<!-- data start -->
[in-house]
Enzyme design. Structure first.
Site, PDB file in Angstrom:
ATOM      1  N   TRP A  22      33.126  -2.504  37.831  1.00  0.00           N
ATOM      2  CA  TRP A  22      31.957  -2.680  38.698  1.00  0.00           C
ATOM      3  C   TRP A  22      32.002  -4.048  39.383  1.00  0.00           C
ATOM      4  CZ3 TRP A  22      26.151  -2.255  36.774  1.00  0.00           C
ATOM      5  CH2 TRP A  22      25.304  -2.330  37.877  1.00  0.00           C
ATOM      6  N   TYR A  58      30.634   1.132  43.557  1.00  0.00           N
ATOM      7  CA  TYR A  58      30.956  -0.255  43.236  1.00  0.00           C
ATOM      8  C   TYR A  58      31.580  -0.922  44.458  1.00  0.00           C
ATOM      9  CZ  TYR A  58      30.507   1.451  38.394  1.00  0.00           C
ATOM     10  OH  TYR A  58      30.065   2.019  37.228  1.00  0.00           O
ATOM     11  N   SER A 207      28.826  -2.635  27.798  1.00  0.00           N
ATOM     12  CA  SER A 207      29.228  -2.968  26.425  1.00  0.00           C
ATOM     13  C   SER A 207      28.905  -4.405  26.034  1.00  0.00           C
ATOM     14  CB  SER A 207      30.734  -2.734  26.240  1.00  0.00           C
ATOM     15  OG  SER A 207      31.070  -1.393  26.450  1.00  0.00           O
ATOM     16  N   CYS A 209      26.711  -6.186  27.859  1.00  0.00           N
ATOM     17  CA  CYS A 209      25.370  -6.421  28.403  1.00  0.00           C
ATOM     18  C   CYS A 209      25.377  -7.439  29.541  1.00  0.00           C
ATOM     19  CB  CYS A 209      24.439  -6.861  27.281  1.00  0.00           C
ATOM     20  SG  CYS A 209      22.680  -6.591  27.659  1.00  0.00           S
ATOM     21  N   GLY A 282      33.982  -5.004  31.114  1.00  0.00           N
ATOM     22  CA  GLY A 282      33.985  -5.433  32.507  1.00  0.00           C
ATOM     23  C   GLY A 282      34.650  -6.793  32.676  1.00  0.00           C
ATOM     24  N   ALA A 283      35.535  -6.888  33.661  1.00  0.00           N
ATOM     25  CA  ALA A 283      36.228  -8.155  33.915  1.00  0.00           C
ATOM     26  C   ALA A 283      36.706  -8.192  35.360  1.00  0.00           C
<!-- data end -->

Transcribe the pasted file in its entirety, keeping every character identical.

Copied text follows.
[in-house]
Enzyme design. Structure first.
Site, PDB file in Angstrom:
ATOM      1  N   TRP A  22      33.126  -2.504  37.831  1.00  0.00           N
ATOM      2  CA  TRP A  22      31.957  -2.680  38.698  1.00  0.00           C
ATOM      3  C   TRP A  22      32.002  -4.048  39.383  1.00  0.00           C
ATOM      4  CZ3 TRP A  22      26.151  -2.255  36.774  1.00  0.00           C
ATOM      5  CH2 TRP A  22      25.304  -2.330  37.877  1.00  0.00           C
ATOM      6  N   TYR A  58      30.634   1.132  43.557  1.00  0.00           N
ATOM      7  CA  TYR A  58      30.956  -0.255  43.236  1.00  0.00           C
ATOM      8  C   TYR A  58      31.580  -0.922  44.458  1.00  0.00           C
ATOM      9  CZ  TYR A  58      30.507   1.451  38.394  1.00  0.00           C
ATOM     10  OH  TYR A  58      30.065   2.019  37.228  1.00  0.00           O
ATOM     11  N   SER A 207      28.826  -2.635  27.798  1.00  0.00           N
ATOM     12  CA  SER A 207      29.228  -2.968  26.425  1.00  0.00           C
ATOM     13  C   SER A 207      28.905  -4.405  26.034  1.00  0.00           C
ATOM     14  CB  SER A 207      30.734  -2.734  26.240  1.00  0.00           C
ATOM     15  OG  SER A 207      31.070  -1.393  26.450  1.00  0.00           O
ATOM     16  N   CYS A 209      26.711  -6.186  27.859  1.00  0.00           N
ATOM     17  CA  CYS A 209      25.370  -6.421  28.403  1.00  0.00           C
ATOM     18  C   CYS A 209      25.377  -7.439  29.541  1.00  0.00           C
ATOM     19  CB  CYS A 209      24.439  -6.861  27.281  1.00  0.00           C
ATOM     20  SG  CYS A 209      22.680  -6.591  27.659  1.00  0.00           S
ATOM     21  N   GLY A 282      33.982  -5.004  31.114  1.00  0.00           N
ATOM     22  CA  GLY A 282      33.985  -5.433  32.507  1.00  0.00           C
ATOM     23  C   GLY A 282      34.650  -6.793  32.676  1.00  0.00           C
ATOM     24  N   ALA A 283      35.535  -6.888  33.661  1.00  0.00           N
ATOM     25  CA  ALA A 283      36.228  -8.155  33.915  1.00  0.00           C
ATOM     26  C   ALA A 283      36.706  -8.192  35.360  1.00  0.00           C